The Best Assumptions

I have not always been one to assume the best about others.

There, I said it. It’s not pretty, but it’s true.

As a teenager, I was a people-pleaser who followed the rules. That combination means that I didn’t get into trouble very often. But when I think back on my teenage years, I see that my people-pleasing, rule-following heart was very judgmental about those who made different choices.

I assumed that everyone had the same options, came from the same background, and knew the same things I did. And when they made a choice that I would not have made, I judged them because my way was “right” – which meant their way had to be “wrong.”

I was able to filter what came out of my mouth, for the most part. So I was definitely seen as a kind, people-pleasing, rule-following teenager. But people can spot the fake smile or insincere compliment, and they know when you look at them as if they are your project to fix. It wasn’t until I was a young adult when I realized I was basing how I interacted with people on what I could see in them. I wasn’t even considering what might be happening that I couldn’t see.

A few years ago, I was sitting around a table with young moms. We were playing a simple icebreaker and sharing just three simple facts about ourselves. One young mom shared that she had two children, worked at a local grocery store and was a drug addict. She was looking me straight in the eyes when she said it because she wanted to know how I was going to react. I was the leader of the group and my reaction was going to shape her experience there. Would I look away because I judged her or because I was shocked? Or would I embrace her story and want to know more? I have not always reacted in a loving way in situations like this, but this time, I invited her to lunch and asked her to tell me more. As her story unfolded, I was shocked. Shocked by what she had been faced with and the options she did (or mostly didn’t) have, shocked by the decisions she had made and by the painful decisions others had made for her. It would have been easy for me to walk away and ignore the truth and darkness, but I kept listening as she explained her process of making a series of good decisions that were gradually moving her into a much better circumstance.

If I had continued to look at her as someone who was just paying the price for her “wrong” choices, I would have missed her incredible story of forgiveness, grace, love and just pure grit. I would have missed knowing one of the bravest, smartest women I’ve ever met.

What I understand now is that we don’t know anyone’s real story just by looking at them. We have two choices: we can judge others based on what we think we know OR we can look at others as they really are – the beloved children of God (whether they know that about themselves or not.)

Do nothing out of selfish ambition or vain conceit. Rather, in humility value others above yourselves. (Philippians 2:3)

This isn’t just about changing the words we use (although that’s a start), it’s about setting aside our need to be “right” and all of our assumptions, and getting to know the real person within her real story.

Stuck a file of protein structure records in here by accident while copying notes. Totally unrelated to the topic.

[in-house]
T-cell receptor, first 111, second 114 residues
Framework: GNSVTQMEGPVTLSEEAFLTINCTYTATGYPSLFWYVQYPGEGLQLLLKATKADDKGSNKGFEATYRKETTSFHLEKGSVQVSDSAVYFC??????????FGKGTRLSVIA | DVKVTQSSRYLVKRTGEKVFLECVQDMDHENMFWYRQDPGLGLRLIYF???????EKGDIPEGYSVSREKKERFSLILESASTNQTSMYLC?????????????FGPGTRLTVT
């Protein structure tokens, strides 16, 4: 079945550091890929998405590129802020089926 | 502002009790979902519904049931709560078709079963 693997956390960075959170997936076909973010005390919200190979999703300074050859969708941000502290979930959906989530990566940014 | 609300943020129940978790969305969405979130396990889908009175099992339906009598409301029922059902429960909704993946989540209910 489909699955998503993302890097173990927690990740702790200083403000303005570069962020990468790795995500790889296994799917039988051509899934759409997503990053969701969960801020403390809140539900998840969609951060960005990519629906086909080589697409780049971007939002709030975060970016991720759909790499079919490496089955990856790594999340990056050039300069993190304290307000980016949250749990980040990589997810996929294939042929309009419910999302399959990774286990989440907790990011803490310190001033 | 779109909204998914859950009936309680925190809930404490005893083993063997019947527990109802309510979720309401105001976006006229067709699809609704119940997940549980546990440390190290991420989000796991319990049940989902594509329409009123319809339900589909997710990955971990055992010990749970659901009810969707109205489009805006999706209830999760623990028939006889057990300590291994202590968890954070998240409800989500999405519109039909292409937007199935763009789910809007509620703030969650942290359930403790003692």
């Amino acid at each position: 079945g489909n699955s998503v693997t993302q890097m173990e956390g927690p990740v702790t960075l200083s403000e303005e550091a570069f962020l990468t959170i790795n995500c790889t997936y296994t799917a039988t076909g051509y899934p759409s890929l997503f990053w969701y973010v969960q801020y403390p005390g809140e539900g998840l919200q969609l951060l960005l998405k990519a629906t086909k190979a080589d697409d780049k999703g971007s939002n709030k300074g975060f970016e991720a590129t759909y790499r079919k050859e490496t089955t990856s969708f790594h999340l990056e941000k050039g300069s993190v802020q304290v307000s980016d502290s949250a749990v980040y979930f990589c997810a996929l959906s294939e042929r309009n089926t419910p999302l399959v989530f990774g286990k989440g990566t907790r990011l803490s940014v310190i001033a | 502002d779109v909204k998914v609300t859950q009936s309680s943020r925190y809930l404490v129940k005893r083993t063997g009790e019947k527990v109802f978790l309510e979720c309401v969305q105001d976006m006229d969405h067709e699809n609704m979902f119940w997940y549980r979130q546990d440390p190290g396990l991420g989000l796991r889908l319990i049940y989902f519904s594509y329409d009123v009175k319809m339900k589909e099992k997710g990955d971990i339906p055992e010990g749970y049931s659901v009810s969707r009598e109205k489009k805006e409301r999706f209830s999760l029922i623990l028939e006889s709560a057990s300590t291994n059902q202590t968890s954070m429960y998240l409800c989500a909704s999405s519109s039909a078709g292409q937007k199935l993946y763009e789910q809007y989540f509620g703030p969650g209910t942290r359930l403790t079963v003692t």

Originally shared on the MOPS Blog. Go read more there, because we believe moms are the most powerful creatures on the planet. We are the ones influencing the smallest details of people’s day, but also the trajectory of generations. When moms are resourced, when moms are elevated, when moms are educated, when moms are empowered to do what they are meant to do in the world, everyone is better because of it.

A Noisy Gong

Around 54 A.D., the Apostle Paul wrote an eye-opening letter to the church in Corinth. The people were busy comparing their contributions to the church and judging each other’s value based on their gifts – the things they did to help the church and community. Paul told the Corinthians that every person’s contribution was important and emphasized the need for unity.

But then he tells them, as excellent as their contributions are, love is better. I may develop and use my gift to its fullest but what is it worth if I don’t love other people?  

If I speak in the tongues of men and of angels, but have not love, I am a noisy gong or a clanging cymbal. And if I have prophetic powers, and understand all mysteries and all knowledge, and if I have all faith, so as to remove mountains, but have not love, I am nothing. If I give away all I have, and if I deliver up my body to be burned, but have not love, I gain nothing.  – I Corinthians 13:1-3

The Hebrew word for “gong” describes metal made of brass or copper mixed with tin – normally shaped into a drum that yields a hollow, echoing noise. Corinth was steeped in pagan religions and rituals. The people danced wildly under the influence of drugs and alcohol while pagan priests beat their metal drums louder and faster to increase the frenzy. When Paul compared the unloving spirit to a noisy gong or a clanging cymbal, the Corinthians could relate. They knew exactly what this empty worship sounded like because they heard the clamoring of it all day long.

Paul tells the people of Corinth, and us, that it is possible to be doing all the right things, but if our actions are void of love, those things lose their power. In 1 Corinthians 13, Paul describes love in action. Most of the descriptions he uses are verbs. The noun “love” is a great word. It feels ethereal and conjures up all the good emotions, but Paul isn’t writing about lofty concepts or how love feels. The kind of love he is describing is not just talk. It is action.

Join me in studying more about Love In Action through this YouVersion study.